[May 16th marked the 50th anniversary of the releases of Pet Sounds and Blonde on Blonde, two iconic 1960s rock albums. So this week I’ve AmericanStudied those artists and other 60s rock icons and songs. This way cool crowd-sourced post is drawn from the responses of fellow RockStudiers—share your own in comments, man (used in a gender-neutral way)!]
On Twitter, Kendra Leonard asks a vital question for the whole series: “Do ppl in American Studies programs working on music get musicological training, historical or theoretical or ethno?” And in terms of additional topics, she adds, “I'd love to know more about non-Southern US roots rock, especially women creators.”
Following up Monday’s post, Jeff Renye notes that La Salle University has a special collection of Bob Dylan material. Jeff also shares the acclaimed documentary 20 Feet from Stardom, and highlights The Doors, who “certainly added a darker voice to the mid/late-60s west coast sounds of, for instance, Haight-Ashbury.”
Olivia Wirtanen writes about Dylan, “He is a classic American singer. He's not the greatest vocalist but his lyrics are timeless. Very poetic as well.”
Maria DiFrancesco shares this interesting article on Pet Sounds. Beazley Kanost adds, “The Beach Boys also makes me think of surer music--not the sweet harmonies Brian Wilson produced, but stuff like the Ventures' ‘Wild Things.’ If I understand it correctly, it's a kind of noir genre.”
Followng up Thursday’s post, Susan Williams writes, “Love it. I still listen to Joan Baez almost daily (I'm a child of the 60s). Along with her, I would nominate Judy Collins, Peter Paul & Mary, Phil Ochs, Tim Hardin, Buffy Ste. Marie, and Leonard Cohen. All masters of the protest songs that still resonate today.”
Responses to my requests for additional topics to RockStudy:
My colleague DeMisty Bellinger-Delfeld writes, “I would like to see something on protest music. I think we're heading back to music as message, but we seem to have collectively lost it there for a while. That, or women in rock in that time period. Was Grace Slick about yet? Yeah, because Jefferson Airplane was all psychedelic.”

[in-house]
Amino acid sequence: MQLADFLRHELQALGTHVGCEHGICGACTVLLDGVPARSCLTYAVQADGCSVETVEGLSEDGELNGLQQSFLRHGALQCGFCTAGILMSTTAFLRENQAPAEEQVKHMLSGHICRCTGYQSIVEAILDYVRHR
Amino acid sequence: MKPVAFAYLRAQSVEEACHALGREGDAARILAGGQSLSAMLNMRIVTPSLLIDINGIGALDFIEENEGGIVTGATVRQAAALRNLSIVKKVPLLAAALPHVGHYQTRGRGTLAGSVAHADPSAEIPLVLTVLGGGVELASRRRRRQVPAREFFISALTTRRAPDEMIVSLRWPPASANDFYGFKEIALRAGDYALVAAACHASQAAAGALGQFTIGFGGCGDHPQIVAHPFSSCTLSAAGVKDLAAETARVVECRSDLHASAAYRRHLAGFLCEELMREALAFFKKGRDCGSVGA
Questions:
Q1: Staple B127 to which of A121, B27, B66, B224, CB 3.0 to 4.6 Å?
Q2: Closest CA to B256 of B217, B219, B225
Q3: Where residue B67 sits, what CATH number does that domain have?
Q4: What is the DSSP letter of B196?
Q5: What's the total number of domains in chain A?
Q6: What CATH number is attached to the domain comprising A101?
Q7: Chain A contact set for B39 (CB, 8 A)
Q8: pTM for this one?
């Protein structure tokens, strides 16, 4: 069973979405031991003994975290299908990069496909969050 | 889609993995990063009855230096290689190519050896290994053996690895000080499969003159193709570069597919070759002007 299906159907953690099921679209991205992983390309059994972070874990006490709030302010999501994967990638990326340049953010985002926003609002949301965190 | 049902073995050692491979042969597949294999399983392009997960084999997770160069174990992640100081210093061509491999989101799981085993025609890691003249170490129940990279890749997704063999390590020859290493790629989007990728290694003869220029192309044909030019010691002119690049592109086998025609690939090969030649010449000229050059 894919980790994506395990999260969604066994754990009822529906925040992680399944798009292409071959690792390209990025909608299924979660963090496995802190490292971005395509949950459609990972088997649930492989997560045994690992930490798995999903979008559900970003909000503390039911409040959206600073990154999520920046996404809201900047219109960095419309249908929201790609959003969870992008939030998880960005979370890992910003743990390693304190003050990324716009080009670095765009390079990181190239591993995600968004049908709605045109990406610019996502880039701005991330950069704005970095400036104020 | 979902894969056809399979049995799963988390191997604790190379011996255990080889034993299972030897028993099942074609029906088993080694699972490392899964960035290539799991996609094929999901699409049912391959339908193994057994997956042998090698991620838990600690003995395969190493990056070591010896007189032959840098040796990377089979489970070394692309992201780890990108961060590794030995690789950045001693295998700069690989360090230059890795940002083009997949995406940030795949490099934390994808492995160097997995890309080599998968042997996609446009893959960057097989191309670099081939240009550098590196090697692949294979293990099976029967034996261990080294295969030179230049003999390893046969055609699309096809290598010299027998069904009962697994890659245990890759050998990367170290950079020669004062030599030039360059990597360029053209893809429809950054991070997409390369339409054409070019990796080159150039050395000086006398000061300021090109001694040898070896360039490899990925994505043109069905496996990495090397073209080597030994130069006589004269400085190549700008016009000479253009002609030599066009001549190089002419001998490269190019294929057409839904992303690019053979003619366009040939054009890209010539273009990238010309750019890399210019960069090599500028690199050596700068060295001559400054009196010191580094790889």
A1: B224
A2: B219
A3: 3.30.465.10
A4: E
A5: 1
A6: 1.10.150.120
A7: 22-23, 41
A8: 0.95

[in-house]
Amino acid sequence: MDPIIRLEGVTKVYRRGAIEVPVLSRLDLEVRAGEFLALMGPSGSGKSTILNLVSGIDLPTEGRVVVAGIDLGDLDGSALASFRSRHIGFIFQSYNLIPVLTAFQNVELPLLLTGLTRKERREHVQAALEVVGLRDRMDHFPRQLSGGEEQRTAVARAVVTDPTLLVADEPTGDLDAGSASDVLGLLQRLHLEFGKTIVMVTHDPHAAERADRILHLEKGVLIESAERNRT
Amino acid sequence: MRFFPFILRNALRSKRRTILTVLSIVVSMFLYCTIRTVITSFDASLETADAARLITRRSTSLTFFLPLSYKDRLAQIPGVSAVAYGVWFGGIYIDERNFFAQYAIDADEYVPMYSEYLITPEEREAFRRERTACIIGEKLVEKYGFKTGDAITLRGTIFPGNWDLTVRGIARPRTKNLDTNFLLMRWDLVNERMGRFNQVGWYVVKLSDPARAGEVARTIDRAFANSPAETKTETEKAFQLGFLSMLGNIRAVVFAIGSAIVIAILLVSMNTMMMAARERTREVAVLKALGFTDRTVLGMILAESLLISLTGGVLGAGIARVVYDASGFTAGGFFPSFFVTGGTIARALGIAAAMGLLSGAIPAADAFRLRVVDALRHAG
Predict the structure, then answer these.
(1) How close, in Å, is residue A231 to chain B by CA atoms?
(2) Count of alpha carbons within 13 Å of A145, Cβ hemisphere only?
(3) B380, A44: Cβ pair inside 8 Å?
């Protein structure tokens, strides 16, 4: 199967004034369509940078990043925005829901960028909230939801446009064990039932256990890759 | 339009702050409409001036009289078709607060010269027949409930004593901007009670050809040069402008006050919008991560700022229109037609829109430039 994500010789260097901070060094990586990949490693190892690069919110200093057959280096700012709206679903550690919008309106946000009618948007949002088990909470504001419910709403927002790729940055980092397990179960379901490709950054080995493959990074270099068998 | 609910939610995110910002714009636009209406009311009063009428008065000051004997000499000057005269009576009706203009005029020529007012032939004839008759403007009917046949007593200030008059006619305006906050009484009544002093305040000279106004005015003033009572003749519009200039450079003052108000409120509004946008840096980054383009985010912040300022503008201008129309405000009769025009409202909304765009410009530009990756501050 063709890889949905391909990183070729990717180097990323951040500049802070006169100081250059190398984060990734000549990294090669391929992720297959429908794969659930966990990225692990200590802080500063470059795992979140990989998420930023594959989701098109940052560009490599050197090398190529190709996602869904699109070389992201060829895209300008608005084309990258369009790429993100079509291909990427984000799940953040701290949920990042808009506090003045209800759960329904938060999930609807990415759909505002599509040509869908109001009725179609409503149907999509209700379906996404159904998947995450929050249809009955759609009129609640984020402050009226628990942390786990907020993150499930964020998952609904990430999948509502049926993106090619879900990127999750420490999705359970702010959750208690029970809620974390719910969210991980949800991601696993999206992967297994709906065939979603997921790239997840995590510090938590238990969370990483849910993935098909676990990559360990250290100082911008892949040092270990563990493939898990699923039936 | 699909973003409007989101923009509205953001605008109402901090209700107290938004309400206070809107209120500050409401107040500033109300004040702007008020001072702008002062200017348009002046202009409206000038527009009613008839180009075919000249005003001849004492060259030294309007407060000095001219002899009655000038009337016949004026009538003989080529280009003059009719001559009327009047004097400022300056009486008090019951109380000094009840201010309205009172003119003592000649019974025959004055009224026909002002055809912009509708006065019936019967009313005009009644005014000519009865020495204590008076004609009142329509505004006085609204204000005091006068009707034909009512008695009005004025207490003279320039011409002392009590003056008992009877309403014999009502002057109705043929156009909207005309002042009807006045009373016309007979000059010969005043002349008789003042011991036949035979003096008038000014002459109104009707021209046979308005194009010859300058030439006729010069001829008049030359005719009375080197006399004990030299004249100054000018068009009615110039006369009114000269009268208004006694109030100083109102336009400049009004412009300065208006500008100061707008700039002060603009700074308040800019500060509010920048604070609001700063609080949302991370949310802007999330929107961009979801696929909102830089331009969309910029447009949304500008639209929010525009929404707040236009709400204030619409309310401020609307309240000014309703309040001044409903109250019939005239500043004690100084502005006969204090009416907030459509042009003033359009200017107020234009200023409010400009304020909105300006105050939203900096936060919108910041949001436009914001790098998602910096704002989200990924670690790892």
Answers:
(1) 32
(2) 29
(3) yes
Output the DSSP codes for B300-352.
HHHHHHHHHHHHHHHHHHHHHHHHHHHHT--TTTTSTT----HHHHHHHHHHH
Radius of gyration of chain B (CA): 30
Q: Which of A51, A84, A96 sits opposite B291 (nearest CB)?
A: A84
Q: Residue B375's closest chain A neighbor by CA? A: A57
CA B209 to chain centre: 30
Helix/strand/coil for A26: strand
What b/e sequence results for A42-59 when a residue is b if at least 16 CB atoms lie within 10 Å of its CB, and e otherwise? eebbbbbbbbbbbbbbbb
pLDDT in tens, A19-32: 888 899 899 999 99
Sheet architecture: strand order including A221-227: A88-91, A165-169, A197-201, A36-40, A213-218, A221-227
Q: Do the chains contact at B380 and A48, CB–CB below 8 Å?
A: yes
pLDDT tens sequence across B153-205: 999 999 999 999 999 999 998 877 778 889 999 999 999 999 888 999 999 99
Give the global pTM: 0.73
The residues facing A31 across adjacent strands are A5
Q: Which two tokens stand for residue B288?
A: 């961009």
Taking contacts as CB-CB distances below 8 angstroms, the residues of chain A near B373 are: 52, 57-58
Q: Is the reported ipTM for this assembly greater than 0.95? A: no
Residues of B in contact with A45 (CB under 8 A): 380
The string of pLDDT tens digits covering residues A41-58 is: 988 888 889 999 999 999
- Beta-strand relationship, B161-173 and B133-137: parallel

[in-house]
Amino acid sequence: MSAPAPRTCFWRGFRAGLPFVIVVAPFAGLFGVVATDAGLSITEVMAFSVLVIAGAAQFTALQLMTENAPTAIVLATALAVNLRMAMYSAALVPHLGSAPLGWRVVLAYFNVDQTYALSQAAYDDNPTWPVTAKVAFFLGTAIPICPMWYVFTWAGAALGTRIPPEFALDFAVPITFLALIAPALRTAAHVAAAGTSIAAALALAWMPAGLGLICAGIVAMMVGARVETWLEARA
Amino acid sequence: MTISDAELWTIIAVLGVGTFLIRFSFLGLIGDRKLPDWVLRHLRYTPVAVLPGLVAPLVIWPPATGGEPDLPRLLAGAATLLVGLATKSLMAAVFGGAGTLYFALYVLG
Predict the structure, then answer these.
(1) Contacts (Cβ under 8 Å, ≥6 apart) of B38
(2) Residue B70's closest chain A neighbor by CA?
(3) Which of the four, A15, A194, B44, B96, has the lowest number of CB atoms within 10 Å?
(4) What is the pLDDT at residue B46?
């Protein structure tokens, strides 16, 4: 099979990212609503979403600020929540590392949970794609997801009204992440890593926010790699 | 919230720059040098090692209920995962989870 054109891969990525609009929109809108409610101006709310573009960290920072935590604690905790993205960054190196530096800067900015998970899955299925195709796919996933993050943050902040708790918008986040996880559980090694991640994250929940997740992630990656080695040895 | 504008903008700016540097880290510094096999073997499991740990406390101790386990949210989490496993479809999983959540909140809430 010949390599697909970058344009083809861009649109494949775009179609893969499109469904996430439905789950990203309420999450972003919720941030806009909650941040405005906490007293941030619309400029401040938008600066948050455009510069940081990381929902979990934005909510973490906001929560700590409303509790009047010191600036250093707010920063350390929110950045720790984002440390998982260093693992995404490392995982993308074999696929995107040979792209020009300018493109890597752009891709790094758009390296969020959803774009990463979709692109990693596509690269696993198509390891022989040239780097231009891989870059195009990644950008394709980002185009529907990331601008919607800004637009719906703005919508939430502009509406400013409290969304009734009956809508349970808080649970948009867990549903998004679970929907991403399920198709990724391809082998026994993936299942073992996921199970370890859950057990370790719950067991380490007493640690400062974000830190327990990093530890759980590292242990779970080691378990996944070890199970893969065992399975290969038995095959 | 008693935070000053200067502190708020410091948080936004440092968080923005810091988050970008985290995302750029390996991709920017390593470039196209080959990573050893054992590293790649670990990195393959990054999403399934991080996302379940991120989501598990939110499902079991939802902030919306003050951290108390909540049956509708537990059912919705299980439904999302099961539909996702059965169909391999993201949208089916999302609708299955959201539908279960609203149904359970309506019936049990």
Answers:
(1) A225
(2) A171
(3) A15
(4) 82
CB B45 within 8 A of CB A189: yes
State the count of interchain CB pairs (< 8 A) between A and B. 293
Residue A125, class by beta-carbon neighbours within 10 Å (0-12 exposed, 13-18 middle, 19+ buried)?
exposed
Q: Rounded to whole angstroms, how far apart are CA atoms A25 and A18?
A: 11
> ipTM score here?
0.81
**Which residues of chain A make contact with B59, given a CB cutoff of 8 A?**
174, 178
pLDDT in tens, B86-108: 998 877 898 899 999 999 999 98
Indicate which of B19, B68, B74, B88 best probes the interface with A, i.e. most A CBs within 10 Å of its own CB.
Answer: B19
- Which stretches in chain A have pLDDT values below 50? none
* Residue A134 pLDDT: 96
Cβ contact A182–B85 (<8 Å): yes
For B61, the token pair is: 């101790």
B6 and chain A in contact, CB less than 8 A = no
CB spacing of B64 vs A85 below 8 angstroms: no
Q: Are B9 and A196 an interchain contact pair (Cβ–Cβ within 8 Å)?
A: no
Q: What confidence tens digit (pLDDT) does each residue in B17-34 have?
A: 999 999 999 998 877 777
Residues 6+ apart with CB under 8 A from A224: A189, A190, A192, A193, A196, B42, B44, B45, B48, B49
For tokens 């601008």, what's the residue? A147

Kelly Johnson echoes, “Protest rock for sure. I mean, good god man, what is it good for?!”
Philip Opere writes, “What about Hugh Hefner and Playboy's influence on the cultural and sexual revolutions?”
Seth Lewis Levin asks, “Where did The Ramones come from?”
Ian James highlights, “Iggy and the Stooges. The contrast in style, culture, philosophy, and everything between what they were doing and the biggest music of the day, the Beatles, is incredible.” And Kate Wells adds, “Garage rock in general as a precursor to 70s punk,” and mentions, “Please include my favorite, ’96 Tears’!”
Kate also goes in a different direction, focusing on “Exploitation and B movies—depictions of juvenile delinquents: Faster Pussycat, Kill, Kill; Easy Rider; Wild in the Streets; Night of the Living Dead, anything by Herschell Gordon Lewis.”
Tim McCaffrey focuses on a broader historical trend, namely “The Pill.”
Mike Parker writes, “If you go late 60s, you can see the beginnings of heavy metal. Led Zeppelin, Black Sabbath, and Deep Purple, all formed in 1968 and all from England. Must be something in the water over there I tell you.”
Roi Aloupis Armstrong highlights Neil Young.
Nancy Caronia goes with “Folk music: Odetta, Phil Ochs.”
Jason Flinkstrom asks, “Was Captain Beefheart in the 60s?” [He was!], adding, “So, Zappa culture with an in-depth analysis of madness is my suggestion.”
Justin Mason writes, “I think Doo-Wop is often overlooked because the rise of groups like Beatles, rock bands like The Doors, Hendrix, etc. However groups such as The Coasters are still around today and have left a lasting legacy on music.”
Cynthia Lynn Lyerly reminds us to consider “how music was categorized and labeled...and how race played a role.”
Rob Gosselin notes, “I always thought the Velvet Underground to be in need of more attention. Their sound is timeless, and it was rare in the early sixties for a rock band to have a woman drummer: Maureen (Moe) Tucker.”
Michele Townes responds to many of those suggestions, writing, “Looked at all the cool music suggestions here and smiled. How about some of the ‘cornier’ ones...Surf music like Beach Boys or music that stemmed from TV pop culture like Davy Jones, The Monkees, Partridge Family, etc. Not the music that left an indelible mark from an artistic standpoint, but that shows trends of white teenage pop culture. Conversely, doo wop and the rise of Motown for a different teen demographic.”